Reflecting the emphasis of poverty alleviation campaigns on minority groups, the economic development of ethnic minority groups has steadily improved since 2013, marginally outpacing the national average. Per capita disposable income of minority groups grew at a rate of 6.34% annually, 0.47% higher than the national average growth rate. Similarly, per capita consumption expenditure of ethnic minorities grew at 5.91%, higher than the national average by 0.48%. Health status and other development indicators also reveal that the economic development of ethnic minorities improved steadily over the last two decades. Despite the steady improvement of the economic status of ethnic minorities since early 2000s, the gulf between Han and non-Han groups is narrowing at a glacial pace, likely due to the double-edged nature of the economic development projects. 

Political Participation

China has promoted the participation of ethnic minorities in Party and State politics by co-opting elites from ethnic minorities across various provinces. The Party has considered it necessary to appoint Han Chinese leaders to top posts in ethnic minority autonomous regions as well as include ethnic minority cadres to party positions in order to promote the perception that the political system offers opportunities for minority groups. Ethnic minority leaders appointed to party positions have been thoroughly scrutinised and vetted to ensure that they are loyal to the Party and the leadership. Managing the political participation of minority groups is increasingly important for social stability in China as well as China’s international image. In the 20th Central Committee (CC) of the CPC, only 33 members (8.78%) are from non-Han ethnic groups, while only 10 members (4.88%) out of 205 members of the Full CC are from minority groups. In the 14th National People’s Congress, 442 members (14%) out of 2977 delegates are from ethnic minority groups, a marginal increase from the 13th National People’s Congress.

The National Ethnic Affairs Commission is the government body responsible for policies regarding China’s 55 ethnic minority groups and the collective Chinese population of the ethnic minorities and the Han majority. The commission was established as a means of implementing regional autonomy to the minority groups and had been headed by a member of a minority group until 2020. Chen Xiaojiang was the first Han official to be elected to the position of director. The sudden shift to Han officials taking the positions traditionally reserved for minority spokespeople points to a political shift from encouraging and supporting diversity to coercive assimilation into oneness. Pan Yue’s election to Chen’s position in 2022 further cemented ideas of Chinese national unity and common consciousness into policymaking. As the second Han ethnic group head of the National Ethnic Affairs Commission, Pan’s perspective on the question of ethnic diversity is that of assimilation, as he calls for “ethnic fusion” by dissolving differences between the 56 groups. This proposal identifies the organic assimilation that occurs when foreign cultures enter China, but additionally calls for a reformation for religions such as Tibetan Buddhism and Islam due to their refusal to follow political authority. Pan has been outspokenly critical of Islam, associating societal unrest to the presence of high Muslim populations. For example, tensions in Xinjiang are entirely attributed to the Uyghur presence, despite the unrest being a complex issue, partially caused by structural inequalities and repression faced by the minority ethnic group.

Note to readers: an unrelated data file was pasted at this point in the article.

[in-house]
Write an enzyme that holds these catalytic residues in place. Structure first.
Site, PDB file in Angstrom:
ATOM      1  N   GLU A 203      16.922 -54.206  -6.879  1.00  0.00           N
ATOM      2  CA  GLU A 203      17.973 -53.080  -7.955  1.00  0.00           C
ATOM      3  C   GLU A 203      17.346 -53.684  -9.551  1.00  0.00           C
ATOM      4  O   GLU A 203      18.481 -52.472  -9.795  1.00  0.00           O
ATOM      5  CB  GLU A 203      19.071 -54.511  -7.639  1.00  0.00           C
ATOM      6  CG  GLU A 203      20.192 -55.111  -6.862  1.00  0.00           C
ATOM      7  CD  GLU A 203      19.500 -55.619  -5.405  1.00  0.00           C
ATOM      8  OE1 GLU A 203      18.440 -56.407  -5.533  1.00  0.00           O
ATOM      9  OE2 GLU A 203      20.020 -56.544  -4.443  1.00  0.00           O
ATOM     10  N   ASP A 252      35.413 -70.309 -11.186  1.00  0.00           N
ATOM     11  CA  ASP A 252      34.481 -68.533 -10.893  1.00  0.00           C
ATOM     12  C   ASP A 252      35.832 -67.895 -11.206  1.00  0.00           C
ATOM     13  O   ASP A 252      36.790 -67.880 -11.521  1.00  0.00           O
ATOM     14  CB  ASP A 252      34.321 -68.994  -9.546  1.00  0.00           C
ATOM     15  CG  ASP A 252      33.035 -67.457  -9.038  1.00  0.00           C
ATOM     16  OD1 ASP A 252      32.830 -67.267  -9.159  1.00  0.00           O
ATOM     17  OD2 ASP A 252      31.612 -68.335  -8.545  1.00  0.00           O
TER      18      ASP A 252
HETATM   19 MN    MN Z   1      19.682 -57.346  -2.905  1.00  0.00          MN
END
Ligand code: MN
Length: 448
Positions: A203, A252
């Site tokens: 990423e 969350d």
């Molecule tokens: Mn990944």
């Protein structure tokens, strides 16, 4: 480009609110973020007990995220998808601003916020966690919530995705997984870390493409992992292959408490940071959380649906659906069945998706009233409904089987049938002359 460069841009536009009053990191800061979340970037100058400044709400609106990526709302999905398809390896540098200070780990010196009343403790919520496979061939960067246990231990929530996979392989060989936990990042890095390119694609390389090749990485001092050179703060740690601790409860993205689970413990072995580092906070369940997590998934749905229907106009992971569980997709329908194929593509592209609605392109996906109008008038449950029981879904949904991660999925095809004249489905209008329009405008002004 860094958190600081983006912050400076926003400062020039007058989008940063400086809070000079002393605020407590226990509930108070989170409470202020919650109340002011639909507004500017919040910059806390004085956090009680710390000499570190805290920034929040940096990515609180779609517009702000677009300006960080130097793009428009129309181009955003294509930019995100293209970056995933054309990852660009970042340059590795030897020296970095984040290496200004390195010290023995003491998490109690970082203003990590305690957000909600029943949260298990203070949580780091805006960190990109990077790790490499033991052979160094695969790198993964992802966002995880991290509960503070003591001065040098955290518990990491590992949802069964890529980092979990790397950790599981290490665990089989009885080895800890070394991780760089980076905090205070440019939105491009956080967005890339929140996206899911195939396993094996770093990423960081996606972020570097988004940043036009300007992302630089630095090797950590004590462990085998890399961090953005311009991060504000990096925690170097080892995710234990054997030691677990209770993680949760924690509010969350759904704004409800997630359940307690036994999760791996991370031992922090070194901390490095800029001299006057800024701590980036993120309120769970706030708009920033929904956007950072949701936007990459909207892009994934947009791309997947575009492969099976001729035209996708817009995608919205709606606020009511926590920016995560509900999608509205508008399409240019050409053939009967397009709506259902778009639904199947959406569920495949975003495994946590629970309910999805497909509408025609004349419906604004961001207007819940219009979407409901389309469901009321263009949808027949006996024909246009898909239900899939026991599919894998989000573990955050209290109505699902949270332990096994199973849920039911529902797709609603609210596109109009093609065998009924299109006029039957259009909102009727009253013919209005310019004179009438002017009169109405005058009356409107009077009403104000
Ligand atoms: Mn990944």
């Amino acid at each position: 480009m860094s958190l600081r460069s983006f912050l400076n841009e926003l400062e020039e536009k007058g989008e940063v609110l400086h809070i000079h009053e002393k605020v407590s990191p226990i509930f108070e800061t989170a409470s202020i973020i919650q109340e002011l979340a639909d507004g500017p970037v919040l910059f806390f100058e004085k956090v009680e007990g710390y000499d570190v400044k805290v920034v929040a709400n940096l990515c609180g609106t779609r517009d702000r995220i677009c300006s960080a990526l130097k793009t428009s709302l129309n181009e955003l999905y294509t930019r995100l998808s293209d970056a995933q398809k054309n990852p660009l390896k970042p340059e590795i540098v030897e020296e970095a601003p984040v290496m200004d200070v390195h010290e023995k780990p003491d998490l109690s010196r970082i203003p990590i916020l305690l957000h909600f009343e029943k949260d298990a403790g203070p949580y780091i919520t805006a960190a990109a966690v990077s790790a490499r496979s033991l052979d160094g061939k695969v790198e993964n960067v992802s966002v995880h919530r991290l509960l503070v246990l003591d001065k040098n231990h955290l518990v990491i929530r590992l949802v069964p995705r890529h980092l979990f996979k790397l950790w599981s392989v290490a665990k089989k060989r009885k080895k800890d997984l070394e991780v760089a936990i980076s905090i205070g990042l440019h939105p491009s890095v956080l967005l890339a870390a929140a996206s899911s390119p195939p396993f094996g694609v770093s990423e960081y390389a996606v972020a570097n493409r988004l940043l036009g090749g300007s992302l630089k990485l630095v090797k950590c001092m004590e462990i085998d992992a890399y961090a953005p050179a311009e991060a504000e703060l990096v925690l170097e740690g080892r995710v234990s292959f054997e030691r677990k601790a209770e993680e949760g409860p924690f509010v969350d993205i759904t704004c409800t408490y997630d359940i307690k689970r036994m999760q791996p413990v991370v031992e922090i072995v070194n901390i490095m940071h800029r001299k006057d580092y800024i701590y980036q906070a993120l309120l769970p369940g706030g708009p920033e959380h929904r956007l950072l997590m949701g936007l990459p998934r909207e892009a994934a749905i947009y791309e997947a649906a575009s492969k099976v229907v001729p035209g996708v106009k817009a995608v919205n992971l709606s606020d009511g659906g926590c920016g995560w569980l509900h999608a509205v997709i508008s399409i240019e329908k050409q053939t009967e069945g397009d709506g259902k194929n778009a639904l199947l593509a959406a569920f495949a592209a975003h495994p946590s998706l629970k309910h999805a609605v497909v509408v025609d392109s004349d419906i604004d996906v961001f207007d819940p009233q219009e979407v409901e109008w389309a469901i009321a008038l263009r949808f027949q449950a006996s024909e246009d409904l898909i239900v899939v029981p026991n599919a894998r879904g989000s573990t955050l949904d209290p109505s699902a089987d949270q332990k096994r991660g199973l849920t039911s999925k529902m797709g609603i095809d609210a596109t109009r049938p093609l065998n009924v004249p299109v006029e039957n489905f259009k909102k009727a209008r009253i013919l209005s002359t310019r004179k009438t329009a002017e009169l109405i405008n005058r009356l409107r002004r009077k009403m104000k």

Conclusion

Ethnic minorities are increasingly important for social stability in China and its international image. The Party carefully manages their political participation and economic development to ensure that they are sufficiently represented and co-opted in the national political, economic, and social system in China. At the same time, the Party has undertaken a massive campaign to Sinicize and integrate minority groups and their cultures into the national mainstream through various policies and hard-line strategies. These policies range from economic development programs to alleviate poverty to standardization policies to homogenize the cultural identities of ethnic minorities. These assimilation strategies are most visible in China’s ethnic minority autonomous regions like Xinjiang and Tibet, where re-education camps have sought to sinicize ethnic minority cultures.

Updated by Aditi Dash on 22nd May 2024

Thumbnail image source: China Global Television Network (CGTN)
Content image source: China Daily

Author

Rahul Karan Reddy is an international relations analyst with a Masters degree from O.P Jindal Global University in Diplomacy, Law and Business. He is the author of ‘Islands on the Rocks’, a monograph detailing the Senkaku/Diaoyu island dispute between China and Japan. His research focus is China and East Asia. He was a research analyst at the Chennai Center for China Studies (C3S) and an intern at the Institute for Peace and Conflict Studies (IPCS), writing articles and reports on China’s foreign policy and domestic politics. His blog, Asian Drama, follows the rise of India and China as they navigate the Asian Century. He can be reached on rahulkaran.reddy@gmail.com

Subscribe now to our newsletter !

Get a daily dose of local and national news from China, top trends in Chinese social media and what it means for India and the region at large.

Please enter your name.
Looks good.
Please enter a valid email address.
Looks good.
Please accept the terms to continue.